Over the past couple years D2C has expanded its focus from just meeting today’s immediate needs of children in Haiti to also being more forward thinking in its programmatic approach. Vulnerable children today can easily become vulnerable adults tomorrow, whose children will be born into the same adverse environment they grew up in. The cycle of poverty will keep on rolling causing wreckage in the lives of all in its path. Development occurs when another path is opened up; when education, skills and opportunity co-exist to lead others away from the rut of poverty and offer a better future. D2C is determined that the children under its care find this new path and help carve a new and thriving future for themselves and Haiti.
D2’C’s In-Country Director Evelyne Dynasty comes to our organization with deep reserves of compassion, knowledge and skills that can benefit the children and community we serve. One of those skills is sewing and clothes-making. As a talented seamstress, Evelyne will be initiating D2C’s new Sewing Life Skills Project in order to pass on this useful craft to our Family Home youth. Having the ability to sew and create basic in-demand clothing items like school uniforms and other accessories has the potential to provide our youth with a reliable profession and good source of income once they reach adulthood. Moreover, it will promote a sense of pride and accomplishment as well as empower our youth to become future entrepreneurs and business owners.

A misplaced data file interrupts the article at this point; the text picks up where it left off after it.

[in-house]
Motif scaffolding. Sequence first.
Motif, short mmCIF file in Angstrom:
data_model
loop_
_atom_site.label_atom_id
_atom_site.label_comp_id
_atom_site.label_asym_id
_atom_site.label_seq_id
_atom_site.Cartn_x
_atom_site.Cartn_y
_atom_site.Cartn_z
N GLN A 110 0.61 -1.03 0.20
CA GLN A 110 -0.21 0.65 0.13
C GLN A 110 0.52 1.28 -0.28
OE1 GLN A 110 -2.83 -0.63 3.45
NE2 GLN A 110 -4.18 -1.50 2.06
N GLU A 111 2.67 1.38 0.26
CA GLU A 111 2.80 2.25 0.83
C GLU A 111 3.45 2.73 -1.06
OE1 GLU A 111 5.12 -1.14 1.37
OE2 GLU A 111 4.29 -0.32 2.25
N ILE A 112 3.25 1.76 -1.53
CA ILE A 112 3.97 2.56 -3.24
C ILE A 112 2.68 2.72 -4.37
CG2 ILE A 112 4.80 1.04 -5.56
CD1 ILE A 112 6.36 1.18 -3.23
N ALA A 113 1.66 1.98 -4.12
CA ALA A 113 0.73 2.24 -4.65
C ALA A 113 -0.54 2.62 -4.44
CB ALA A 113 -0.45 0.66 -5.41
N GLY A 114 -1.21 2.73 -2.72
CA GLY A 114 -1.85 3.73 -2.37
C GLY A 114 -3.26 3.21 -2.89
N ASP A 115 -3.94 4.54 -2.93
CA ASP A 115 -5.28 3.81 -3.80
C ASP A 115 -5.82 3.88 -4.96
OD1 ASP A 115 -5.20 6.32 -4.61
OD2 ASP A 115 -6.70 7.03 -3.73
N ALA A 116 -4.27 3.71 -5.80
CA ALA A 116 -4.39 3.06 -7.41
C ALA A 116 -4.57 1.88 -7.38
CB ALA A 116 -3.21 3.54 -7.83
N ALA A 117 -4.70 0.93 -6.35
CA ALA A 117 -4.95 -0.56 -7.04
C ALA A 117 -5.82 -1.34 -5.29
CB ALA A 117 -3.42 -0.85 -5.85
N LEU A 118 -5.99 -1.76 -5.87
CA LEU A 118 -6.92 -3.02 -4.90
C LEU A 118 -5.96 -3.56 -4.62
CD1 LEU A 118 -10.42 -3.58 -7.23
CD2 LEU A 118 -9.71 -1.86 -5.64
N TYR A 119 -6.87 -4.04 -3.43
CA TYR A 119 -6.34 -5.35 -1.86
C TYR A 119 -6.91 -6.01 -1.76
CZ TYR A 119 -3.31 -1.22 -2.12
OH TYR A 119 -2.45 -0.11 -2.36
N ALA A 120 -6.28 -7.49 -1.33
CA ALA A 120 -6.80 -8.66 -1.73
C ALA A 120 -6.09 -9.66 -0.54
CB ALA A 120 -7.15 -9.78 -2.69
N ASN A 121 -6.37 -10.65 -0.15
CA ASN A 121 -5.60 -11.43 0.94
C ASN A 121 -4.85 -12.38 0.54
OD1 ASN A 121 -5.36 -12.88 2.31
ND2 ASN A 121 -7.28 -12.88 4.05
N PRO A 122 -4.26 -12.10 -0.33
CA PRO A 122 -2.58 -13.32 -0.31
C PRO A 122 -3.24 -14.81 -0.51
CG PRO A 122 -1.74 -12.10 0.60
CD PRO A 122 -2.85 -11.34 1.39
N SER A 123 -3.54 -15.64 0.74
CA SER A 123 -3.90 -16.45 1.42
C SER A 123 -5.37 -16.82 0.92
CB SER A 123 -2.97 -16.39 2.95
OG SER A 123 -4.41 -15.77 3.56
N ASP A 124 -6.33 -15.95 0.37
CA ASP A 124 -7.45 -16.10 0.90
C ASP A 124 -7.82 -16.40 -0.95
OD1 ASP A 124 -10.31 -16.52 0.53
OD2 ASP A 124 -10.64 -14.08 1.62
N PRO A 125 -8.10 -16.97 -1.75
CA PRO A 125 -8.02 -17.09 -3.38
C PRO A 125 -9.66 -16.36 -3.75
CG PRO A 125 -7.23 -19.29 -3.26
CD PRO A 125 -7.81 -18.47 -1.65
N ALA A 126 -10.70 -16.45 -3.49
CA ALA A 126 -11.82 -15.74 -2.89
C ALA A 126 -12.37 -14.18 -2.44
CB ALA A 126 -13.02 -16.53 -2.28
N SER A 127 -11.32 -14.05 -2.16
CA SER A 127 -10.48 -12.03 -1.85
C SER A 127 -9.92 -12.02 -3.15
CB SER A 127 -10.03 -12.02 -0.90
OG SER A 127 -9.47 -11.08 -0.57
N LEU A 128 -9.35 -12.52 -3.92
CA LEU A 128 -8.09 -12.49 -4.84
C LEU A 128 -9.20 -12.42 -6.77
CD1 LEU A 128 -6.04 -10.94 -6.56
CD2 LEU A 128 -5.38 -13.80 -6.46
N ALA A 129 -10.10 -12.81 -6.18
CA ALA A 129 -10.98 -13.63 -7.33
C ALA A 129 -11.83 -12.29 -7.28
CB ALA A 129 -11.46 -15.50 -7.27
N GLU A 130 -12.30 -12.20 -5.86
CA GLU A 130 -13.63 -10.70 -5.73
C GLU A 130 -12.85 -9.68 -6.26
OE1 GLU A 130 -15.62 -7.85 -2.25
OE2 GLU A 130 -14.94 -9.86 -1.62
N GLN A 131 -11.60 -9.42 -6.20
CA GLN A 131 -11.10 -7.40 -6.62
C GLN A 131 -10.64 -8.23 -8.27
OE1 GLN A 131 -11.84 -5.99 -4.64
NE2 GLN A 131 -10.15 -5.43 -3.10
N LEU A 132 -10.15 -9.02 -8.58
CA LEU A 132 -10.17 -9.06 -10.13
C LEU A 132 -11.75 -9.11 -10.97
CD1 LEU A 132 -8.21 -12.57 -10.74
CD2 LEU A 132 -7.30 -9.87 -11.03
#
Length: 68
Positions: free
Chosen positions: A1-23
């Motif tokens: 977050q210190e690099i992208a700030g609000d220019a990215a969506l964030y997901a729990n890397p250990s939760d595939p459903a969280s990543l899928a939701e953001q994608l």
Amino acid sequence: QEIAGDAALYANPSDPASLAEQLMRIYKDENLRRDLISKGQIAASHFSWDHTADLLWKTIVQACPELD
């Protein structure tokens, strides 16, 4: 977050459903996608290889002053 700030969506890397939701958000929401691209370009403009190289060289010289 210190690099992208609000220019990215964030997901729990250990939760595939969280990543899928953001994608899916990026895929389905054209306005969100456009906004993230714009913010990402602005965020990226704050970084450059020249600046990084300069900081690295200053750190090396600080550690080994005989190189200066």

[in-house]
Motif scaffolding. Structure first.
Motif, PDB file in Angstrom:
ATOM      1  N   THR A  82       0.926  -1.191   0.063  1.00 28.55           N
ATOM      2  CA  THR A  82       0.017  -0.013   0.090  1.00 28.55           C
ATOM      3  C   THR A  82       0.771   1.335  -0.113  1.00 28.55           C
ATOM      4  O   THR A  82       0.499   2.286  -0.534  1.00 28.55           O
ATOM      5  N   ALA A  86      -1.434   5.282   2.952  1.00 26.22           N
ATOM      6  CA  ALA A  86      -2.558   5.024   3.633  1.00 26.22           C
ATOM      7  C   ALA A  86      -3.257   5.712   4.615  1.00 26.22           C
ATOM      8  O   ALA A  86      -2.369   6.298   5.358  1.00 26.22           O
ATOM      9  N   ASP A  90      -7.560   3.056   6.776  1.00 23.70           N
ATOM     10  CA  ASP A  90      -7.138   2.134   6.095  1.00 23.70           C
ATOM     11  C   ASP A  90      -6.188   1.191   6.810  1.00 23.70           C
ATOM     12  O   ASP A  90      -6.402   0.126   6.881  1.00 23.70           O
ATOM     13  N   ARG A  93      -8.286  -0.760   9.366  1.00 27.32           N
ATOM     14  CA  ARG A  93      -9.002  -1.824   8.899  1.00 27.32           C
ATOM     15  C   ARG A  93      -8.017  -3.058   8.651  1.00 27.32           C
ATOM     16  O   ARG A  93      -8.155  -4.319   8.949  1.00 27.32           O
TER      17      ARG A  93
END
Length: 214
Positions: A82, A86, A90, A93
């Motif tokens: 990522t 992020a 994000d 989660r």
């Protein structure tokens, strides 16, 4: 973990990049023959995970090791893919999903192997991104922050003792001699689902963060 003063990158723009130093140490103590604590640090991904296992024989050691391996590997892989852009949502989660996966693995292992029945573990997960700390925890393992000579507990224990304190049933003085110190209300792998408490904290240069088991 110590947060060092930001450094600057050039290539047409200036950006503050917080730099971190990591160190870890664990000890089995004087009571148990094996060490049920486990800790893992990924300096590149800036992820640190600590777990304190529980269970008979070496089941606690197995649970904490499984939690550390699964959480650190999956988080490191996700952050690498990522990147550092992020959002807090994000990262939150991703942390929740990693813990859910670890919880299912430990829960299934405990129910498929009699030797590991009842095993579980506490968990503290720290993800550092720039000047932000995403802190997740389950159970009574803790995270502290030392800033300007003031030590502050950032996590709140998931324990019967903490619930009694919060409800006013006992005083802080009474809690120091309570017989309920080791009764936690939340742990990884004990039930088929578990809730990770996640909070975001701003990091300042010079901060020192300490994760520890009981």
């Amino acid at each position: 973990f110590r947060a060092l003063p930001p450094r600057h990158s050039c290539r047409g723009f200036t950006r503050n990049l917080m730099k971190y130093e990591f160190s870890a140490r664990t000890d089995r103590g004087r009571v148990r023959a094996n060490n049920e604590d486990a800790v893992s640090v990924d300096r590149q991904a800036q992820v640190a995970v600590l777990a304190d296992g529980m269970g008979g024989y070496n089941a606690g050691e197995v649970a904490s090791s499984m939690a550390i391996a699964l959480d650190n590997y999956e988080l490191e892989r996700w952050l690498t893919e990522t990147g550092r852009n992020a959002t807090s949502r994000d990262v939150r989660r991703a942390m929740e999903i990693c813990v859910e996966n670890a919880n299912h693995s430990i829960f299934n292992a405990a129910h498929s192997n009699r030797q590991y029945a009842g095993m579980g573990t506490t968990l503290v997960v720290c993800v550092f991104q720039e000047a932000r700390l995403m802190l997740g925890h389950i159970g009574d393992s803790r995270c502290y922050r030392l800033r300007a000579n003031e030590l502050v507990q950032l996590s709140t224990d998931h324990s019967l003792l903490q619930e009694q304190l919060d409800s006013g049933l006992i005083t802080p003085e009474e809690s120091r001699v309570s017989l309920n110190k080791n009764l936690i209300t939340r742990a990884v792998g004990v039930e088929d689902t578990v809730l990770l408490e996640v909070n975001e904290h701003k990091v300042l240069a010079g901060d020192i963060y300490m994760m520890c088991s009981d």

The Sewing Life Skills Project will be D2C’s second livelihood focus program, joining the already established and running Stand Up Paddleboard (SUP) Program which is focused on the burgeoning tourism industry in Haiti and outdoor recreation.
While both boys and girls will participate in the D2C sewing project, opening up more potential sources of employment and income for Haitian girls is a critical step in raising both themselves and the country out of extreme poverty. Many girls in Haiti are unable to obtain jobs with liveable wages because they are unable to complete their education. Haitian girls who do not have access to education are more likely to be poor, affected by violence, and have more children. For those women who do find work, they receive lower wages than men, work more in the informal sector without social security and are less represented in formal employment.
We are seeking $500 in start-up funding to get the Sewing Life Skills Project running. This includes the purchase of a Treadle sewing machine as well as materials like fabric, scissors, measuring tape and more. If the project proves successful, our long-term aim is to be able to purchase each youth practitioner their own sewing machine as well as inviting more children in the community to participate in the project.
Please help the children and youth of Haiti create new paths for themselves and lead the next generation towards a more prosperous future! Click here to make a donation!